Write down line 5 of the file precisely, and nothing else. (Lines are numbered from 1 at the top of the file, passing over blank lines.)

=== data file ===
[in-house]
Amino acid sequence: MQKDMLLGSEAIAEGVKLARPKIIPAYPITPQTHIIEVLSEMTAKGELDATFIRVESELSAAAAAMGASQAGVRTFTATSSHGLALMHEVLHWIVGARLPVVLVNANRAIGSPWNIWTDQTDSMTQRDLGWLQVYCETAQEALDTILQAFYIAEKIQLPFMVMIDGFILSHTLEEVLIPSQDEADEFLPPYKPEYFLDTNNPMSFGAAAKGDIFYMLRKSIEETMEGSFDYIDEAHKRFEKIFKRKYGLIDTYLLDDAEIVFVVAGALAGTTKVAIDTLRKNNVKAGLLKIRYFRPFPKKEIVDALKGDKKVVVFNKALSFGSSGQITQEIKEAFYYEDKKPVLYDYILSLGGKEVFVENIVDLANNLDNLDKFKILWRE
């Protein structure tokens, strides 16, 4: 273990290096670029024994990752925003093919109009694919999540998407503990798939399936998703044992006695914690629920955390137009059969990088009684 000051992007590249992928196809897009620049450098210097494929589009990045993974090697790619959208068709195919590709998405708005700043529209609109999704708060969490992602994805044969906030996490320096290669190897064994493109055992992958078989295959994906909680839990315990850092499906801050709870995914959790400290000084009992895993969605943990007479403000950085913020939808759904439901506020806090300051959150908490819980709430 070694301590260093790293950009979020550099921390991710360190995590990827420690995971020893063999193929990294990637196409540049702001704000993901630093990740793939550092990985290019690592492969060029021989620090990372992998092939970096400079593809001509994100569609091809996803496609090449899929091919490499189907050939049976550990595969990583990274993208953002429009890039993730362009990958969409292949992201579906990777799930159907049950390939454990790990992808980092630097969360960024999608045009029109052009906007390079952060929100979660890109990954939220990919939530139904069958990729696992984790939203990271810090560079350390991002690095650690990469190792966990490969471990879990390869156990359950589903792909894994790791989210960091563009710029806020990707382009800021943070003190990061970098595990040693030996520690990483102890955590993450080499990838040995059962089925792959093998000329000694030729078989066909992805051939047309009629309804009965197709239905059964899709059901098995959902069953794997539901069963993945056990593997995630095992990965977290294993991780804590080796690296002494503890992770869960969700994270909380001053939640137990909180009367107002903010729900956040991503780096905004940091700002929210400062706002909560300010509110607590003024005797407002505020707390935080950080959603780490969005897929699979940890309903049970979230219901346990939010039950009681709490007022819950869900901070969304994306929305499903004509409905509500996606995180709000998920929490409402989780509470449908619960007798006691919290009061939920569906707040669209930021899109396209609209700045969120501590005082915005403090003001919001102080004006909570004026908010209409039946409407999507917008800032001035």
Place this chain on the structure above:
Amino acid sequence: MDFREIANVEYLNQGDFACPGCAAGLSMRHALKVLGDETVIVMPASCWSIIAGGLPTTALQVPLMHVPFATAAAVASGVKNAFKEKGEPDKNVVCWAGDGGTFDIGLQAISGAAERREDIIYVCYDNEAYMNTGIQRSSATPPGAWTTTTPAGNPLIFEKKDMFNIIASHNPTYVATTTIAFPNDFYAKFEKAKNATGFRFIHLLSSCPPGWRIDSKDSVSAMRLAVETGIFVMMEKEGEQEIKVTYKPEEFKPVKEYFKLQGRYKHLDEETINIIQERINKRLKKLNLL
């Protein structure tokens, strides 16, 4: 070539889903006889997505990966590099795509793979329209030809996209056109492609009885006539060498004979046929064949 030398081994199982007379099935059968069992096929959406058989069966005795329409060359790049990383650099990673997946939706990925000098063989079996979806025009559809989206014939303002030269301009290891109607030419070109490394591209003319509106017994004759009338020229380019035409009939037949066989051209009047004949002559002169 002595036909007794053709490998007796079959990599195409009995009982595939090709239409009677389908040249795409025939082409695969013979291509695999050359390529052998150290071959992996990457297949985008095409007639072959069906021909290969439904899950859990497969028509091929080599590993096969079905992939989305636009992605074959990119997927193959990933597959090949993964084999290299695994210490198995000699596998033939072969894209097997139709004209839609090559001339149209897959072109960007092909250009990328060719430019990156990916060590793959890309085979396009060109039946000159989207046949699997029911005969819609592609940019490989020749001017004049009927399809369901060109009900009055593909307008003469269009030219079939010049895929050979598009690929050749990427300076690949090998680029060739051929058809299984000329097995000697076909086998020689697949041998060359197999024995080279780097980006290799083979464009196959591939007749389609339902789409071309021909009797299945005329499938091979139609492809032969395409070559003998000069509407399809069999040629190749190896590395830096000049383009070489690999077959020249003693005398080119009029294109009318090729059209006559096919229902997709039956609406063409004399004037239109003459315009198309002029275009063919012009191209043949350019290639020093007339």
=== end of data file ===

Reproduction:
Amino acid sequence: MDFREIANVEYLNQGDFACPGCAAGLSMRHALKVLGDETVIVMPASCWSIIAGGLPTTALQVPLMHVPFATAAAVASGVKNAFKEKGEPDKNVVCWAGDGGTFDIGLQAISGAAERREDIIYVCYDNEAYMNTGIQRSSATPPGAWTTTTPAGNPLIFEKKDMFNIIASHNPTYVATTTIAFPNDFYAKFEKAKNATGFRFIHLLSSCPPGWRIDSKDSVSAMRLAVETGIFVMMEKEGEQEIKVTYKPEEFKPVKEYFKLQGRYKHLDEETINIIQERINKRLKKLNLL